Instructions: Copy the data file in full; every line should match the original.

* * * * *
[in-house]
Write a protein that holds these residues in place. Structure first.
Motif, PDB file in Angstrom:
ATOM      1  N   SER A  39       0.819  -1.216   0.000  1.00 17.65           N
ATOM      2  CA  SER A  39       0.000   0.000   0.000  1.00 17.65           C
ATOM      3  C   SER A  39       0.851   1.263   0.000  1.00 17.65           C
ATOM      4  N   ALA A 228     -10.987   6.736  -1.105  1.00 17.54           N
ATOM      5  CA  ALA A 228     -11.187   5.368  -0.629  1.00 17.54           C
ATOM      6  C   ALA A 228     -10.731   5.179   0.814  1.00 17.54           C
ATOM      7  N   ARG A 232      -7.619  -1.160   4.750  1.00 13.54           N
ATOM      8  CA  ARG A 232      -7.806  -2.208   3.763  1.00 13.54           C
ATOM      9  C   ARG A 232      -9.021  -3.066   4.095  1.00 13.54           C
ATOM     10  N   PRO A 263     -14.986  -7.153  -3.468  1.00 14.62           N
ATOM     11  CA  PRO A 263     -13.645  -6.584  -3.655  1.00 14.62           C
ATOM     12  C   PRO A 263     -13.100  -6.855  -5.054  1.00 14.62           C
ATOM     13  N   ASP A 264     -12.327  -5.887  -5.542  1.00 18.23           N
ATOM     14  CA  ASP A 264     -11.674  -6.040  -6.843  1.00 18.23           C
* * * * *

[in-house]
Write a protein that holds these residues in place. Structure first.
Motif, PDB file in Angstrom:
ATOM      1  N   SER A  39       0.819  -1.216   0.000  1.00 17.65           N
ATOM      2  CA  SER A  39       0.000   0.000   0.000  1.00 17.65           C
ATOM      3  C   SER A  39       0.851   1.263   0.000  1.00 17.65           C
ATOM      4  N   ALA A 228     -10.987   6.736  -1.105  1.00 17.54           N
ATOM      5  CA  ALA A 228     -11.187   5.368  -0.629  1.00 17.54           C
ATOM      6  C   ALA A 228     -10.731   5.179   0.814  1.00 17.54           C
ATOM      7  N   ARG A 232      -7.619  -1.160   4.750  1.00 13.54           N
ATOM      8  CA  ARG A 232      -7.806  -2.208   3.763  1.00 13.54           C
ATOM      9  C   ARG A 232      -9.021  -3.066   4.095  1.00 13.54           C
ATOM     10  N   PRO A 263     -14.986  -7.153  -3.468  1.00 14.62           N
ATOM     11  CA  PRO A 263     -13.645  -6.584  -3.655  1.00 14.62           C
ATOM     12  C   PRO A 263     -13.100  -6.855  -5.054  1.00 14.62           C
ATOM     13  N   ASP A 264     -12.327  -5.887  -5.542  1.00 18.23           N
ATOM     14  CA  ASP A 264     -11.674  -6.040  -6.843  1.00 18.23           C